- Saudi Shares Drop Most in 8 Months on Global Growth Concern, Oil. Saudi Arabia (SABIC)’s shares slumped the most in almost eight months on investor concern that oil prices may retreat amid signs the global economic recovery is slowing and after first-quarter company earnings missed estimates. Saudi Kayan Petrochemical Co. (KAYAN), the company 35 percent-owned by Saudi Basic Industries Corp., lost 6.5 percent after its first-quarter loss widened. Saudi Arabian Fertilizer Co. (SAFCO), the company known as Safco also part-owned by Saudi Basic, tumbled to the lowest since February after profit missed analysts’ expectations. Saudi Arabia’s Tadawul All Share Index (SASEIDX) fell 2.3 percent, the most since Aug. 20, to 7,348.33, at the 3:30 p.m. close in Riyadh.
- Texas Instruments(TXN) Picked for Nasdaq-100 as First Solar(FSLR) Removed.
- BMW Sales in Brazil Slump 30% Because of Tax Increase. Bayerische Motoren Werke AG (BMW), the world’s largest luxury automaker, posted a 30 percent drop in first-quarter sales in Brazil due to a tax rise for imported cars, said Henning Dornbusch, the company’s country head. In an effort to protect jobs and automakers with factories in Brazil, the government levied a 30 percentage-point increase in its industrial products tax on vehicles with less than 65 percent of their parts produced in the country. The tax increase took effect in January and is on top of the 35 percent import duty already charged in the South American nation. “Car sales fell 30 percent due to the IPI raise,” Dornbusch said in an interview on April 13 in Sao Paulo. “We’ve partly compensated it by raising prices 15.9 percent in average, with BMW and dealerships absorbing the rest.”
- Goldman Sachs(GS) Said to Raise $2.5 Billion in ICBC Sale. Goldman Sachs Group Inc. (GS) is selling a $2.5 billion stake in Industrial & Commercial Bank of China (601398) Ltd., said two people with knowledge of the matter. Goldman Sachs will sell shares at HK$5.05 each, said the people, who declined to be identified. Temasek Holdings Pte said today it will buy 3.55 billion ICBC shares from Goldman Sachs and hold 5.3 percent of the lender’s Hong Kong-listed stock after the purchase.
- BlackRock(BLK) Bond System Credit Negative for Global Banks, Moody's Says. BlackRock announced plans to create the "Aladdin Trading Network" bond-trading system last week. It is credit negative for banks with global capital market operations as it could reduce their trading revenue. It would be particularly detrimental to Goldman Sachs(GS), Deutsche Bank AG(DB) and Barclays Bank Plc(BCS).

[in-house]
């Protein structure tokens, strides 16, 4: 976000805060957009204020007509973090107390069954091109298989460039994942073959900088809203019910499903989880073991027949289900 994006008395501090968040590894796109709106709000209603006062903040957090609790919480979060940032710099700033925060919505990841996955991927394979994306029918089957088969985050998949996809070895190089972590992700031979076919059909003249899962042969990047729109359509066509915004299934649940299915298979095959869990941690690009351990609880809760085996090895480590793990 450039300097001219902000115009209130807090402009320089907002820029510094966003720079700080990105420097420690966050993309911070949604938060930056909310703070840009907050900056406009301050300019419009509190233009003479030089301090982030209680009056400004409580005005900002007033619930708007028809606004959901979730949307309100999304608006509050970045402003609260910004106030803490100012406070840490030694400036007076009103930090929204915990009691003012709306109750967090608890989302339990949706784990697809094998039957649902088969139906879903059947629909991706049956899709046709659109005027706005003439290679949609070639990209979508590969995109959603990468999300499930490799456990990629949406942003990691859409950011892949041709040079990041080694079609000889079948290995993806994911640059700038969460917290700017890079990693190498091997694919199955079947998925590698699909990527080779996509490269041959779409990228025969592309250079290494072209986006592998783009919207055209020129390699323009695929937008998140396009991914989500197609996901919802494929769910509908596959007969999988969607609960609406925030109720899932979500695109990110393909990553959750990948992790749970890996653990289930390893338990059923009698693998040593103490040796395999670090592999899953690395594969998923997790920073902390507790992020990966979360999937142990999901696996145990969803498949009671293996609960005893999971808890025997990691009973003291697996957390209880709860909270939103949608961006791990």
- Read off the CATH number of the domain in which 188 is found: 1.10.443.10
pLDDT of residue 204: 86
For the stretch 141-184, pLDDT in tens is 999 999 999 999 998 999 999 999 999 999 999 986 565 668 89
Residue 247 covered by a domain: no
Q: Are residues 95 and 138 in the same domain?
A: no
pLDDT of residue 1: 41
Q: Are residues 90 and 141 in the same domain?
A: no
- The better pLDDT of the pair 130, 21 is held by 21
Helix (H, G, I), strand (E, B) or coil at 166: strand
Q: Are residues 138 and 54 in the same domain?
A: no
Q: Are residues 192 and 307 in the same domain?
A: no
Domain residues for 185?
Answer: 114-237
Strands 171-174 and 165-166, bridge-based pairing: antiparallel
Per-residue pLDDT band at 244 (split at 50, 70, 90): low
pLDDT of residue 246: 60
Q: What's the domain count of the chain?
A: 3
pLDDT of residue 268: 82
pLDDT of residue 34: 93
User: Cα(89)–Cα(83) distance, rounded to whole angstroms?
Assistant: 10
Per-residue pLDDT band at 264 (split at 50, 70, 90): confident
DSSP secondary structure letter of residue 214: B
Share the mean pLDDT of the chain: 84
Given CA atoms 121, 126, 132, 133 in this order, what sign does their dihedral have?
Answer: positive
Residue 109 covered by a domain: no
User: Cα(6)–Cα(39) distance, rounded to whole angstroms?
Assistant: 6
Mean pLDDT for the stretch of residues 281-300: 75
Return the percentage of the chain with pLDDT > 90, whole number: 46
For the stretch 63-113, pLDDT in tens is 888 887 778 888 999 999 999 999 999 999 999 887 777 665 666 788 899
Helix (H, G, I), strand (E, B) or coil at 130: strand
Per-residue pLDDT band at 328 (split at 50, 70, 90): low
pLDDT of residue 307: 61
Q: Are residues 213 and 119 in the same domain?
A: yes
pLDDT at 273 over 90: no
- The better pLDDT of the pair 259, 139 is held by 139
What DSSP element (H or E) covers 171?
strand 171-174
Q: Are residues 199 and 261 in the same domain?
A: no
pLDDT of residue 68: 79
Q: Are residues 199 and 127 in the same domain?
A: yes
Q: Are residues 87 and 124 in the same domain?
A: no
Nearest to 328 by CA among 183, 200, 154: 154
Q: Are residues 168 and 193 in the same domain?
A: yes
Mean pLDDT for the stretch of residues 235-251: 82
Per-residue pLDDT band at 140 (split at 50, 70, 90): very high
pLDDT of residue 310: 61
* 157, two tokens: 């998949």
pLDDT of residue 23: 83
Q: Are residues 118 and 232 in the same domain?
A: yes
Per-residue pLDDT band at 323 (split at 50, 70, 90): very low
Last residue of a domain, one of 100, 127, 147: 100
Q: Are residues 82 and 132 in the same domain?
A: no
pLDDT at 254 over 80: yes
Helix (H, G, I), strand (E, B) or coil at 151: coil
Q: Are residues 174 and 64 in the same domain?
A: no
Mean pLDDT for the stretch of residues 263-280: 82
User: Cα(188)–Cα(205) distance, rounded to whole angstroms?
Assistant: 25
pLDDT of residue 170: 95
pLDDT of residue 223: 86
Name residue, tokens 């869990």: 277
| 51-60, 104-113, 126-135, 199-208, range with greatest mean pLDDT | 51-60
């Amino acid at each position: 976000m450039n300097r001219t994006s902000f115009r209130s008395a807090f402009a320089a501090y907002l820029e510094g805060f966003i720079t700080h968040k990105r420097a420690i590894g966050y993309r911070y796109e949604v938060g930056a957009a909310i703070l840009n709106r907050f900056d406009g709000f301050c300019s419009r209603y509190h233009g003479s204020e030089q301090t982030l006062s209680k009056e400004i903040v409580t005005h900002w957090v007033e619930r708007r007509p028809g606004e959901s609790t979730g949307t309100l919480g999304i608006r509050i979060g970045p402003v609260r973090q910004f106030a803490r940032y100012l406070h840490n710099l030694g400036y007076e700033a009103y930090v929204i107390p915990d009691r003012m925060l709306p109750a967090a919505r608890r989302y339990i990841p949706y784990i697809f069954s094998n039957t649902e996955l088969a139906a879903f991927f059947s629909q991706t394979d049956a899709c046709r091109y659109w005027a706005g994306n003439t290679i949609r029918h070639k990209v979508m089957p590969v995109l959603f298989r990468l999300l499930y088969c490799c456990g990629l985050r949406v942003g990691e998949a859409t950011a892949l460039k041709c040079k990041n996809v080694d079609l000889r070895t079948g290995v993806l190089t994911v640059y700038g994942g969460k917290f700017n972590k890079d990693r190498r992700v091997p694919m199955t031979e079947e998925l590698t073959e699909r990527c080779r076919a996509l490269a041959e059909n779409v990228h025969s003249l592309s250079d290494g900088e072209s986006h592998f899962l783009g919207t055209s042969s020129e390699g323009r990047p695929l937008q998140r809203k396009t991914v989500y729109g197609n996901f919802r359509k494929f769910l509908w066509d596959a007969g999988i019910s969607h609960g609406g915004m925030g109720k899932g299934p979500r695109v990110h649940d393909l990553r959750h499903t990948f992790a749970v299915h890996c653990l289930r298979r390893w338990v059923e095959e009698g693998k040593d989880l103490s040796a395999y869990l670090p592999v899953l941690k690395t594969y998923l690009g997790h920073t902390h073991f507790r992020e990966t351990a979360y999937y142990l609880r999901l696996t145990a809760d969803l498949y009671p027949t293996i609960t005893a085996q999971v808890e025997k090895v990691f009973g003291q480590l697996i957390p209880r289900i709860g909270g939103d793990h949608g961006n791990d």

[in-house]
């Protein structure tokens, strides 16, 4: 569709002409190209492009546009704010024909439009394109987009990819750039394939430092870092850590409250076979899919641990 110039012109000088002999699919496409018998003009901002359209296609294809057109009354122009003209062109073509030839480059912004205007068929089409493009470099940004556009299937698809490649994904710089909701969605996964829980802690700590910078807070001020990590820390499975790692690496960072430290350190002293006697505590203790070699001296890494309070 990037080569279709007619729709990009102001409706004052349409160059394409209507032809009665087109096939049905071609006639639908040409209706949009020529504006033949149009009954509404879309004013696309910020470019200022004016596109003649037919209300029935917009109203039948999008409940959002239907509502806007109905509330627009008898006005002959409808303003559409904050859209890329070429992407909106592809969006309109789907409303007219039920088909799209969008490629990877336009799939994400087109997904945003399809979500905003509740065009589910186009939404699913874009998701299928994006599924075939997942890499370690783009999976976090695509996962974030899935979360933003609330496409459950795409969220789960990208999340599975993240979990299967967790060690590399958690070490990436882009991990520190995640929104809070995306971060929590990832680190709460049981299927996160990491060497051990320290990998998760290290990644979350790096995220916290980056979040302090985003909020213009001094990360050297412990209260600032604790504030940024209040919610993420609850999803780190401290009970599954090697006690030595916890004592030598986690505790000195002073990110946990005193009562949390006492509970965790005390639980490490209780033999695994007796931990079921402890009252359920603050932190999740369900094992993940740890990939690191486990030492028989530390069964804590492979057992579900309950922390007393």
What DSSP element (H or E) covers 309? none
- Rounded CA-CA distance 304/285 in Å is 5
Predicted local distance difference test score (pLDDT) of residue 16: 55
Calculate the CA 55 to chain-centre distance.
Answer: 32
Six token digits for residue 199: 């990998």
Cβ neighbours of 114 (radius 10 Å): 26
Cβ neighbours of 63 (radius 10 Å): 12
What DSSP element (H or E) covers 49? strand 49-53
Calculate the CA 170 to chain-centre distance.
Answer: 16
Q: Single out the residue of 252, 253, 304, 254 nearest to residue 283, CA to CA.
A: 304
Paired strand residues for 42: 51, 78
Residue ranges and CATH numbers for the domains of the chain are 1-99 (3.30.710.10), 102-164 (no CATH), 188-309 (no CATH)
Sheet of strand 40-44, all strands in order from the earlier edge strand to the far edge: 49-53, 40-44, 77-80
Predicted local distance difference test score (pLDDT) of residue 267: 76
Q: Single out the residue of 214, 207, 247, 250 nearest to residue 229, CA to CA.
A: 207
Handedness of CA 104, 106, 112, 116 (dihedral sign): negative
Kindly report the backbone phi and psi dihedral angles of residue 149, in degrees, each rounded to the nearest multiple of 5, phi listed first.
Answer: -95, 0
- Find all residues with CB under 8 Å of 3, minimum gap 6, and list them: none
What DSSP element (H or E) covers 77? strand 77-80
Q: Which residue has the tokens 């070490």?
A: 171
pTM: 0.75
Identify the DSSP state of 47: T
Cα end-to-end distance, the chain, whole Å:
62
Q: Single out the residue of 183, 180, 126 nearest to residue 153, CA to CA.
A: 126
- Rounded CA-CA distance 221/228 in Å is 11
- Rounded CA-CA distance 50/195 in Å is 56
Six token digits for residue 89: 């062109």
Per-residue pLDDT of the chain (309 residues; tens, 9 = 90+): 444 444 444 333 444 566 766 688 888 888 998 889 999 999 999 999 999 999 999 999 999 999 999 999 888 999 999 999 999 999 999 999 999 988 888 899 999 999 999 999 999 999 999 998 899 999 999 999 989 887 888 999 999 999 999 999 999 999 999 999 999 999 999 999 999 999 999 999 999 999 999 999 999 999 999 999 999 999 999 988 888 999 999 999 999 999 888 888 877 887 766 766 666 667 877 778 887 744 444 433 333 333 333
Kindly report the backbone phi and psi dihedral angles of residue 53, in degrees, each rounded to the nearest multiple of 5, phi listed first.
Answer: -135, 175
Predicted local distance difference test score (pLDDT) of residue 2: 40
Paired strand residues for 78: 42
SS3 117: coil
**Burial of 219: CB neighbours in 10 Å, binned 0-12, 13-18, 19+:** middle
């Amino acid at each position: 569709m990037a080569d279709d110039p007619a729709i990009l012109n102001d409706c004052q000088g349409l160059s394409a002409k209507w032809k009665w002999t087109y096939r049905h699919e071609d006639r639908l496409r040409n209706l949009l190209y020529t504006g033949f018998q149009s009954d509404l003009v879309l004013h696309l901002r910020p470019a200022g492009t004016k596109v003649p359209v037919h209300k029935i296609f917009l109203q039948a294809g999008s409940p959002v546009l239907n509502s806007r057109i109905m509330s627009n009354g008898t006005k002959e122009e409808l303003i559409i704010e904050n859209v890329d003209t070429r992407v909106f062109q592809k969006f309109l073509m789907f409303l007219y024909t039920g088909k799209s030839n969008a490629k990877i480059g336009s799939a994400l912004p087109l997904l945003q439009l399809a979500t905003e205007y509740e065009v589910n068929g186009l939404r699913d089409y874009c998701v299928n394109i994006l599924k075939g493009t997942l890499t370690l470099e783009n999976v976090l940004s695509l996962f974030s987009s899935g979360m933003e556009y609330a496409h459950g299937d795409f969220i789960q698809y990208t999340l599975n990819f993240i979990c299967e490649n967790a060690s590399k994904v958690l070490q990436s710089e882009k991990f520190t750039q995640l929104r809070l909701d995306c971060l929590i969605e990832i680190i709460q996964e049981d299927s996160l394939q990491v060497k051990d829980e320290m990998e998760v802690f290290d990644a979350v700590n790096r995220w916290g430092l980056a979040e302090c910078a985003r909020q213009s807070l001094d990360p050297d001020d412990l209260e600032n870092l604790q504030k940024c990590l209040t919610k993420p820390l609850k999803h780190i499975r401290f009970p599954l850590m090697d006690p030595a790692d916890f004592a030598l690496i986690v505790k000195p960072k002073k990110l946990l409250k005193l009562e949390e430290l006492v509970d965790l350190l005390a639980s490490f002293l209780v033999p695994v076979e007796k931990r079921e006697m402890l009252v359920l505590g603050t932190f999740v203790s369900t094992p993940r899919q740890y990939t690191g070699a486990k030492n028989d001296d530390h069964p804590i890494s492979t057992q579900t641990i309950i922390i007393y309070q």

- Carlyle Said to Seek Up to $762.5 Million in Initial Offering. Carlyle Group LP (CG), the Washington- based private-equity firm, is seeking to raise as much as $762.5 million in its initial public offering, according to a person with knowledge of the matter.
Wall Street Journal:
- Famed Investor Seeds New Fund. Well-known investor Julian Robertson plans to put tens of millions of dollars into a global macro fund launched by Trient Asset Management, a firm co-founded by a former head of Norway's sovereign wealth fund, in a bet that the global economic rebound will fall short of investors' expectations.
- Biggest Lawyers Grab Fee Bounty. The priciest lawyers in the U.S. are getting even more expensive, but those at the opposite end are getting left behind. Partners in the top 25% of hourly billers boosted their average price to $873 an hour last year, up 4.9% from 2010, according to a report being published Monday. The country's lowest-billing partners struggled to keep pace with inflation, meanwhile. Partners in the bottom 25% charged an average of $204 last year, up just 1.3%.
- Why Your Highway Has Potholes. The Senate's highway-fund bailout will only perpetuate the spending misallocation that has contributed to traffic nightmares. It will also run up the deficit. If Congress really wants to enhance the livability of cities and suburbs, it will pass a highway bill that builds more roads.
- Secret Service Scandal Expands to Military. An embarrassing scandal involving prostitutes and Secret Service agents sent to protect President Barack Obama on his visit to Colombia expanded Saturday, when the U.S. military said five service members may also have participated in the alleged misconduct. The 11 Secret Service agents accused of soliciting prostitutes were put on leave and Obama offered regret over the incident overshadowing his diplomatic mission to Latin America. The military service members were confined to their quarters in Colombia and ordered not to have contact with others. All the alleged activities took place before Obama arrived Friday in this Colombian port city for meetings with 33 other regional leaders. Put together, the allegations were an embarrassment for an American president on foreign soil and threatened to upend White House efforts to keep his trip focused squarely on boosting economic ties with fast-growing Latin America.